clock menu more-arrow no yes mobile

Filed under:

Reflections on the cusp of the Cubs’ 2022 season

This is the beginning of a new Cubs era, hopefully as good as the one that just ended.

Photo by @WillByington /

Once upon a time there was a baseball team.

It had been a very long time since they had won a World Series, and though they had made a number of postseason appearances since, they’d always fallen short of the ultimate prize.

They had a number of homegrown stars who eventually did help them win that elusive World Series title, but over time, the team grew stale and many of those stars stopped producing and left the team.

They went into the regular season as an afterthought, a team with a number of question marks, particularly in the pitching staff. Most projection systems had them around 75 wins.

And then ... oh, wait, you thought I was talking about this year’s Cubs. No, the team I’m talking about here is the 2021 San Francisco Giants. As you know, those Giants won 107 games before being rudely dispatched in a division series by the 106-win Dodgers.

Now, before you call me crazy and think I am saying the 2022 Cubs are going to win 107 games, no, absolutely not, I am not doing that.

But sometimes, teams outperform their projections. What I am going to say here is that the negativity I have seen expressed by many surrounding this year’s Cubs truly puzzles me. Is this a World Series contending team? No, most assuredly it is not. But I do believe this year’s Cubs have enough talent to play .500 ball, and with the new 12-team postseason, .500 might get you in contention.

Sixty-nine nice players, a franchise and major league record, played for the Cubs in 2021. Forty of those players are no longer in the Cubs organization. It really has been a completely retooled house of Cub.

One of the things the Cubs did very poorly after last summer’s selloff was pitch, both in the rotation and bullpen. Pre-selloff, the Cubs were averaging 4.2 runs per game and allowing 4.5 runs per game. After all the Cubs stars were traded — including three very good relievers — the remnant Cubs averaged 4.6 runs per game, which is better! But the pitchers who were left gave up 6.4 runs per game, which is... awful. If a team did that for a full 162-game season, it would allow 1,039 runs. Only two teams have allowed that many runs in the last 80 years — the 1996 Tigers and 1999 Rockies.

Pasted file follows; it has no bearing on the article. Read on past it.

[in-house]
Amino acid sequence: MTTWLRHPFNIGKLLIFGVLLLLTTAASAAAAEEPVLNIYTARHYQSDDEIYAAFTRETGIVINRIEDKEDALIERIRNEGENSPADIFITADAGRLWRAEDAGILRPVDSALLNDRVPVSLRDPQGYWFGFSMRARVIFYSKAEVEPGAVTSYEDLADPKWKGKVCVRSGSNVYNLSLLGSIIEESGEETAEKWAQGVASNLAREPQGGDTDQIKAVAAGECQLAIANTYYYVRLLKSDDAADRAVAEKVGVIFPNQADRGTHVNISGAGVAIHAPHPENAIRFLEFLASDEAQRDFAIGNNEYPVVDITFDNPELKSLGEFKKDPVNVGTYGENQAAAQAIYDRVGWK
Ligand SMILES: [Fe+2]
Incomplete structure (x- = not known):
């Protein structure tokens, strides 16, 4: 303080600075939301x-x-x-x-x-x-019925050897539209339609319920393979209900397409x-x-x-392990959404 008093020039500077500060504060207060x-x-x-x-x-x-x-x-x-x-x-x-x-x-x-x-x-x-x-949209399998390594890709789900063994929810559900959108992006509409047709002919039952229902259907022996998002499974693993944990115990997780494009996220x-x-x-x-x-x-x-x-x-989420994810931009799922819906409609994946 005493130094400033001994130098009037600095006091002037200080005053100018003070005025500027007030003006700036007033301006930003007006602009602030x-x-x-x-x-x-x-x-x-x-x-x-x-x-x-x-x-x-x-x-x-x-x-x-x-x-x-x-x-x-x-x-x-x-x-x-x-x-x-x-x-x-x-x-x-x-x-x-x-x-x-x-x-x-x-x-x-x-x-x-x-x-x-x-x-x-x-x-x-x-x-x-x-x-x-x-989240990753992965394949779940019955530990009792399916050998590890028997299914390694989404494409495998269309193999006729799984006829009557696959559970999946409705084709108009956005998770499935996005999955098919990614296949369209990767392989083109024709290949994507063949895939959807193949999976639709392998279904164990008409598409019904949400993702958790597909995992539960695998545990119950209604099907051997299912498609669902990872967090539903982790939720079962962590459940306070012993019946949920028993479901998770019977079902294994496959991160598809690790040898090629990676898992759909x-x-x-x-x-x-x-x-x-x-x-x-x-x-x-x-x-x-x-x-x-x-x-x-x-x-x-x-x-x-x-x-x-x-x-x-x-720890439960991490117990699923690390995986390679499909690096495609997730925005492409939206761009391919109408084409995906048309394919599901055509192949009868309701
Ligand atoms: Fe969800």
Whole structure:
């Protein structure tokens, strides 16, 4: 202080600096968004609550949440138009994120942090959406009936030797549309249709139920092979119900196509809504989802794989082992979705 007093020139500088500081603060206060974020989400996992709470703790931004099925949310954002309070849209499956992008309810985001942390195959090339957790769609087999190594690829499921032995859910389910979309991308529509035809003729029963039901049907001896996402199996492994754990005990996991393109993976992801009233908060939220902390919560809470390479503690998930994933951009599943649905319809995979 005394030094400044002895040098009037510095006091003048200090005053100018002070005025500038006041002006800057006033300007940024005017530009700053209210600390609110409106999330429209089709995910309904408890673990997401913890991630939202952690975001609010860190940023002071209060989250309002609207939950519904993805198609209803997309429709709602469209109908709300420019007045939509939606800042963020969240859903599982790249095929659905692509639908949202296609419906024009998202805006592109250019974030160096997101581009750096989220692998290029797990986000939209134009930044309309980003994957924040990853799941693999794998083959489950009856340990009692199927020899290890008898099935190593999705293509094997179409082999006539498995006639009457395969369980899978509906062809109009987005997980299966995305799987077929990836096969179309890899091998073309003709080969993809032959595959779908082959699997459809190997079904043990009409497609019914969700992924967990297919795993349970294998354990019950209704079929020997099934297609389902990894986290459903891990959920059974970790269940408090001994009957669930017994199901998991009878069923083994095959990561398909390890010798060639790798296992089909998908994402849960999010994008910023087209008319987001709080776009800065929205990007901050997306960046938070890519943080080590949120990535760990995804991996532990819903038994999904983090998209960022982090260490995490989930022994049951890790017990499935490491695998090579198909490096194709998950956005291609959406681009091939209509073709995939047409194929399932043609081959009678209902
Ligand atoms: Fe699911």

This Cubs team won’t do that. Jed Hoyer and his baseball ops team have addressed starting pitching by signing Marcus Stroman and signing Drew Smyly and Wade Miley. That’s an automatic upgrade from the last part of 2021, when Zach Davies was still taking the mound every fifth day. Justin Steele seems ready to take a rotation spot. He’d be the first homegrown Cubs rotation starter since Jeff Samardzija. Hopefully Miley’s spring training setback won’t cost him too much time.

The Giants entered the 2021 season with three big question marks in their rotation in Kevin Gausman, Anthony DeSclafani and Alex Wood. All had been either injured, bad or both previously. All had great 2021 seasons.

Hoyer and the staff have also addressed the bullpen, which was pretty awful after Craig Kimbrel, Andrew Chafin and Ryan Tepera were traded. The signings of Chris Martin, David Robertson and Daniel Norris give the Cubs three guys who have had previous MLB success. Similarly, Rowan Wick and Scott Effross seem on the cusp of becoming solid contributors. The 2021 Giants got similar years out of pitchers they weren’t certain about coming into last year such as Jose Alvarez, Zack Littell and Dominic Leone.